The Berlinale officially recorded 128 positive Covid-19 cases via its testing system, from 10,938 tests carried out between February 10 and the evening of February 16. With journalists being the only participants obliged to test on a regular basis, does this figure reflect the real situation on the ground?
Screen knows of several non-press delegates who privately tested positive in Berlin but stayed off the grid, diligently self-isolating nonetheless, and another handful who appear to have taken the virus home with them.
Can Mariette Rissenbeek and Carlo Chatrian muster star power next year?
Having taken up their roles of Berlinale executive director and artistic director in 2019, most of Rissenbeek and Chatrian’s tenure has been under pandemic conditions. Their joint stewardship is likely to come under closer scrutiny in 2023, especially if the shadow of Covid-19 fades as hoped.
Their approachable management style and Chatrian’s arthouse-focused curation has won fans, especially among staff, but some Berlinale stalwarts miss the showmanship of predecessor Dieter Kosslick. They also point to his ability to bring in the European and US stars for the red carpet. If travel does return to some sort of new normal by early next year, the duo will have to prove they too can muster star power.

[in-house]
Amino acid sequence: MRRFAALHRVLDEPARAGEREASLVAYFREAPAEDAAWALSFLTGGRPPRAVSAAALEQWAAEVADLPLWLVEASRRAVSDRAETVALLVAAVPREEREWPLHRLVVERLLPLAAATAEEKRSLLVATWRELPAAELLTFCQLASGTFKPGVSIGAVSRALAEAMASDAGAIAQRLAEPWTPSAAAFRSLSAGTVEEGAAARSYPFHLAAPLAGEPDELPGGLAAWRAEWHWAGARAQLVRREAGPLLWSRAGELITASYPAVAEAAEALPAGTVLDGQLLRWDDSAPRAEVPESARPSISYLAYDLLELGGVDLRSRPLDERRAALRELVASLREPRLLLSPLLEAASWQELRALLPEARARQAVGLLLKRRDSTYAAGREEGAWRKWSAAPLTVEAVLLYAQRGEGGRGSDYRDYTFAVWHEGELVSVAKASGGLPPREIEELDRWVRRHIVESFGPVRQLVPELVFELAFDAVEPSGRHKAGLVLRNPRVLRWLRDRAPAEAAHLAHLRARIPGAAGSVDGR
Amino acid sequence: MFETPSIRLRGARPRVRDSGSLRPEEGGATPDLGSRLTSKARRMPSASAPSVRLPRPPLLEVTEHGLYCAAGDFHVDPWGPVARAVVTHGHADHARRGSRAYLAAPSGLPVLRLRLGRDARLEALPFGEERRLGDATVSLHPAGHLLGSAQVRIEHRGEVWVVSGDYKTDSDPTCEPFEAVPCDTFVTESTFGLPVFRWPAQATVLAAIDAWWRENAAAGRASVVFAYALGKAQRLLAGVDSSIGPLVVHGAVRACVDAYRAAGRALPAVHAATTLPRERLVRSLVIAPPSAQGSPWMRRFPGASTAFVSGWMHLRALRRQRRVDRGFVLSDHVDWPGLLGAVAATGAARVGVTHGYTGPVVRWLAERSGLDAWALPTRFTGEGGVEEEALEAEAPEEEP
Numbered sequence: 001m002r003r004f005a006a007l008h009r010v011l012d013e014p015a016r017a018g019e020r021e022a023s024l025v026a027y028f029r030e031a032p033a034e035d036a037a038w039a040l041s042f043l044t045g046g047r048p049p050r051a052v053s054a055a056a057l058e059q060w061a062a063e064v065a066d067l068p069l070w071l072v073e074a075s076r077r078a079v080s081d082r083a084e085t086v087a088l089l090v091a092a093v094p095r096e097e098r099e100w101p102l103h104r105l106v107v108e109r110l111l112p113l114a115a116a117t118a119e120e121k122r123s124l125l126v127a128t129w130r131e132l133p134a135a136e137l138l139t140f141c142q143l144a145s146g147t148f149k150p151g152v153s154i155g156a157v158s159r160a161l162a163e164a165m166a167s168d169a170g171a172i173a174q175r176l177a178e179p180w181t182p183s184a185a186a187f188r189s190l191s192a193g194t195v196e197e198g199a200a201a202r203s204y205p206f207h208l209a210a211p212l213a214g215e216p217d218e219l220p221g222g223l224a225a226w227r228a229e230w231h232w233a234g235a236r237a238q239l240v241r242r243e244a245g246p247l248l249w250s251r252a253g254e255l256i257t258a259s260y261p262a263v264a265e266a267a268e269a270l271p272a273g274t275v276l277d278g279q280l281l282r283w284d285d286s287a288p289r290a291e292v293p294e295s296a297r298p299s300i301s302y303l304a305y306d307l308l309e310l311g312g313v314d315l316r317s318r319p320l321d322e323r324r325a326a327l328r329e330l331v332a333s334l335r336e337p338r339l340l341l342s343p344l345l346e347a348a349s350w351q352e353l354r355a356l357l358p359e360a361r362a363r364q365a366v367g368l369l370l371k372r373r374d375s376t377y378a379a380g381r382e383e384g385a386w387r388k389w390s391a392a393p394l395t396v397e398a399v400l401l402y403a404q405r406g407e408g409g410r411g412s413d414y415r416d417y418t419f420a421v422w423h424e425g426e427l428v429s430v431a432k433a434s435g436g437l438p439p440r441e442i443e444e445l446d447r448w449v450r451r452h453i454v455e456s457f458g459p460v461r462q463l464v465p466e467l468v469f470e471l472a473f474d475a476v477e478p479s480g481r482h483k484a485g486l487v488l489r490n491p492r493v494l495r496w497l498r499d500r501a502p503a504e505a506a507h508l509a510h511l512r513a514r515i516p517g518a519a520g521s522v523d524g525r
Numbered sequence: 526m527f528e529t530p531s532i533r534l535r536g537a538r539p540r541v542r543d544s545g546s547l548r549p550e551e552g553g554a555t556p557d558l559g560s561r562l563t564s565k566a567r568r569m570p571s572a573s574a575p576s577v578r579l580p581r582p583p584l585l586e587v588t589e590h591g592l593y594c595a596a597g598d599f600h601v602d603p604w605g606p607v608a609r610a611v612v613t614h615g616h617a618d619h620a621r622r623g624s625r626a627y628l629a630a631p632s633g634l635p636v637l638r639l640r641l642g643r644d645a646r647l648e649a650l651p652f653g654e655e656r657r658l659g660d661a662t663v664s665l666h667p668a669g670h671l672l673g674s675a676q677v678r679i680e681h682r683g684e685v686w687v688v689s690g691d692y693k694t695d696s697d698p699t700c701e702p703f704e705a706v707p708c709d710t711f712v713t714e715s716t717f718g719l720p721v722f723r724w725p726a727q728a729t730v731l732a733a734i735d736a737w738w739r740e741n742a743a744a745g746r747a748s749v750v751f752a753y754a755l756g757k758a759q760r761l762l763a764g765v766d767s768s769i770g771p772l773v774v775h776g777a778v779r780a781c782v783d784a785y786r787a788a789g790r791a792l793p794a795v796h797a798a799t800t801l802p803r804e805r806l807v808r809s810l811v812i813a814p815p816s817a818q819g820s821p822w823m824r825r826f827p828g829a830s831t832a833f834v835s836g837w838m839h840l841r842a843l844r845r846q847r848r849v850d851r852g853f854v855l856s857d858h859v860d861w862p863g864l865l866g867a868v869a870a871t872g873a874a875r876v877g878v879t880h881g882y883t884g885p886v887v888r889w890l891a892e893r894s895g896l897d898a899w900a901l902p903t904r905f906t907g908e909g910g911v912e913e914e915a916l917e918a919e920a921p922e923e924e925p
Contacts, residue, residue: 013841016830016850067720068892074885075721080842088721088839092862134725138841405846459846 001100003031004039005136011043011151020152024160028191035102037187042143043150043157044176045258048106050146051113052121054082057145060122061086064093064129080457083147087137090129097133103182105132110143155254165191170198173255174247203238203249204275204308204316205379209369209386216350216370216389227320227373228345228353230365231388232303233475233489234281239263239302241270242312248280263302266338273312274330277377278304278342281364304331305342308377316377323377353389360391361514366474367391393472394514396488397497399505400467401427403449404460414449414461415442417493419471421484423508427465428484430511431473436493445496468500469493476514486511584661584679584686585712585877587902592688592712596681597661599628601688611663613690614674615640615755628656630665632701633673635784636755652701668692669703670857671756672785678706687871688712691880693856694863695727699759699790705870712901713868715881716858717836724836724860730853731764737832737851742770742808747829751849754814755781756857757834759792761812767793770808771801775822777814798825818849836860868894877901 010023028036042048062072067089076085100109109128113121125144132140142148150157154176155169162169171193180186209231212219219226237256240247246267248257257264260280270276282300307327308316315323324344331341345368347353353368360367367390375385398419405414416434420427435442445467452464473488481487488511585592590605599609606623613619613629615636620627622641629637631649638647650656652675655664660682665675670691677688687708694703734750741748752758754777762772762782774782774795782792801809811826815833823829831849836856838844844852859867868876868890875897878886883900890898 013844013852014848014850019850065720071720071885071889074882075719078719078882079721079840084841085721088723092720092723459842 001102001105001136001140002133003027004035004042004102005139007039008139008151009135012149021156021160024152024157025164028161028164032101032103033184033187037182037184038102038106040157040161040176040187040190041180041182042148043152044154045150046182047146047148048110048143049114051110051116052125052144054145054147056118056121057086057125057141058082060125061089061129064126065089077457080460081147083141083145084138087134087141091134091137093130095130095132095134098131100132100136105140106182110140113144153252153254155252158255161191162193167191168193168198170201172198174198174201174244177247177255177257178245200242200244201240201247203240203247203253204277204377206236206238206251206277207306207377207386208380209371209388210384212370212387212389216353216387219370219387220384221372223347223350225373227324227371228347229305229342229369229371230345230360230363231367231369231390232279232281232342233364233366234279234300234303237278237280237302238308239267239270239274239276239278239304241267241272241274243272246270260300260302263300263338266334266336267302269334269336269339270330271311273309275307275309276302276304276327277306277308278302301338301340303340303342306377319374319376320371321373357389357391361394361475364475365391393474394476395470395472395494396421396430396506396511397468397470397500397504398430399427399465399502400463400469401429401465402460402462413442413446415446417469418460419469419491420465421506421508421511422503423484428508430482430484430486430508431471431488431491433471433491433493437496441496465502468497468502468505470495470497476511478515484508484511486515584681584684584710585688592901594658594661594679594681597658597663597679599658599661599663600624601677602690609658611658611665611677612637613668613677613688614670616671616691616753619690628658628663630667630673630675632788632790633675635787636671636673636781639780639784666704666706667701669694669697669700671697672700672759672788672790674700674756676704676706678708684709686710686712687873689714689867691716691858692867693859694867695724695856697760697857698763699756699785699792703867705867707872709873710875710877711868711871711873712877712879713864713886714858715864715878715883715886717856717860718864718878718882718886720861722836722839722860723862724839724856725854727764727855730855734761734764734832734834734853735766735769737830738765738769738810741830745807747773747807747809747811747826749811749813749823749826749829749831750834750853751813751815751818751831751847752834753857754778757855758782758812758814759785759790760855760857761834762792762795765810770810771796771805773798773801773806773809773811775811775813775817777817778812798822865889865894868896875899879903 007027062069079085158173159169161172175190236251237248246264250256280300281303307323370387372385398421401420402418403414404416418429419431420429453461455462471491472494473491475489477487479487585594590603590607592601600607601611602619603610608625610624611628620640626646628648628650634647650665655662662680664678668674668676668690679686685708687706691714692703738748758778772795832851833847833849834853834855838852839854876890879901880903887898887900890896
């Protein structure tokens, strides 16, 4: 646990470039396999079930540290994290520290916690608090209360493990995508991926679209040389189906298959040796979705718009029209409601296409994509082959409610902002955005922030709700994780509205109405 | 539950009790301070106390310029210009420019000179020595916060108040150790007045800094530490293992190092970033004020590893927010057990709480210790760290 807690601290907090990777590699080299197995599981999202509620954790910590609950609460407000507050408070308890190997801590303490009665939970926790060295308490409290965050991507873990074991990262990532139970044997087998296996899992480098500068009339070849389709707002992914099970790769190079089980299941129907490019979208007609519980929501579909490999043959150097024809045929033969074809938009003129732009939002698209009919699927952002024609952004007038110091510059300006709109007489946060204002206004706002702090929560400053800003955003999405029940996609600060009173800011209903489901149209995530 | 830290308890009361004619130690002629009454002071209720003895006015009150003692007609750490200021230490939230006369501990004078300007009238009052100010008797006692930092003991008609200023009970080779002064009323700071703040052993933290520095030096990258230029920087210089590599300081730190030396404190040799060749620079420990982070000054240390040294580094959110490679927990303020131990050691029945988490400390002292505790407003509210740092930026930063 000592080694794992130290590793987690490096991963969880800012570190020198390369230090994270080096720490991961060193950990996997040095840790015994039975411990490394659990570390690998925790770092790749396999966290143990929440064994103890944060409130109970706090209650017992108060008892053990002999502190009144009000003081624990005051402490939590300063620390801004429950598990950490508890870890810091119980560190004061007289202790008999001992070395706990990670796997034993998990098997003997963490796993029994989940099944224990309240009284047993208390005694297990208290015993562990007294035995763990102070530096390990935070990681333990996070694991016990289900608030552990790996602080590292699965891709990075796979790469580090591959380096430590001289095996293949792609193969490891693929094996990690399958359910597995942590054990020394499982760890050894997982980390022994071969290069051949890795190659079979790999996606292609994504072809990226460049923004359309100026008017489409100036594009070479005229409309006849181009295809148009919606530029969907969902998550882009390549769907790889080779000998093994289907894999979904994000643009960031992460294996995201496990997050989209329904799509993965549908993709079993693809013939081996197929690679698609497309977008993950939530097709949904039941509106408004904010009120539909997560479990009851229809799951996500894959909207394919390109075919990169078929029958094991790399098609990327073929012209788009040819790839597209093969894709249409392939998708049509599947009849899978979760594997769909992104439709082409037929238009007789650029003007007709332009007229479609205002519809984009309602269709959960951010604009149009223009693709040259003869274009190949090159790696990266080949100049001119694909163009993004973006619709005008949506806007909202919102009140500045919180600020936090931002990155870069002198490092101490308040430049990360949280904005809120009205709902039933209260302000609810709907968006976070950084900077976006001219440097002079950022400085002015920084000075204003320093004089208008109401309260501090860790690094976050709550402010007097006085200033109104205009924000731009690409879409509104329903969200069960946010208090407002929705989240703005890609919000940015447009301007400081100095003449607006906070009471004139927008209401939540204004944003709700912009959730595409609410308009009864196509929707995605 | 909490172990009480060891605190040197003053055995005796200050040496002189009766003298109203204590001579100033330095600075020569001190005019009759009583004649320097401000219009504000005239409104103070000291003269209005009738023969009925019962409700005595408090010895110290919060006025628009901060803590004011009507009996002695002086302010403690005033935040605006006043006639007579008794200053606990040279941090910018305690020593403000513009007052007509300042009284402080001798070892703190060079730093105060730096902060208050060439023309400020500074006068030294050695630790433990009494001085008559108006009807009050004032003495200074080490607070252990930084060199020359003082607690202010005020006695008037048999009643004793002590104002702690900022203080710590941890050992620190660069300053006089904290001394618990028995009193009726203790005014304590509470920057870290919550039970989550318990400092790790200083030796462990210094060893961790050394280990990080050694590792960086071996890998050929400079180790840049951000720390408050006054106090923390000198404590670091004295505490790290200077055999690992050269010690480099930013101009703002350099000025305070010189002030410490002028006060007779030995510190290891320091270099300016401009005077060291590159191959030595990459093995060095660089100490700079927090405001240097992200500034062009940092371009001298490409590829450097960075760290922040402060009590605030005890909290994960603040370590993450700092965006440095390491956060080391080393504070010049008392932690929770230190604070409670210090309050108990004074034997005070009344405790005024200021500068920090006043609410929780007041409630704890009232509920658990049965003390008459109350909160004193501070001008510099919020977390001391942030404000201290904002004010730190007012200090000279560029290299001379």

What were the hot titles?
The tastes of the main competition jury aligned closely with the critics and market this year. Many of its prize winners – Alcarras, The Novelist’s Film, Robe Of Gems, Fire, Rabiye Kurnaz vs. George W. Bush, Everything Will Be OK and Nana: Before, Now & Then – had already enjoyed strong buzz for reviews and sales prior to the awards ceremony.
With the festival showcasing 256 long and short features over the space of just six days, it will take reviewers, programmers and sales and acquisition professionals longer to digest the entire selection although early standouts in other sections include Flux Gourmet and Myanmar Diaries which both played in Encounters.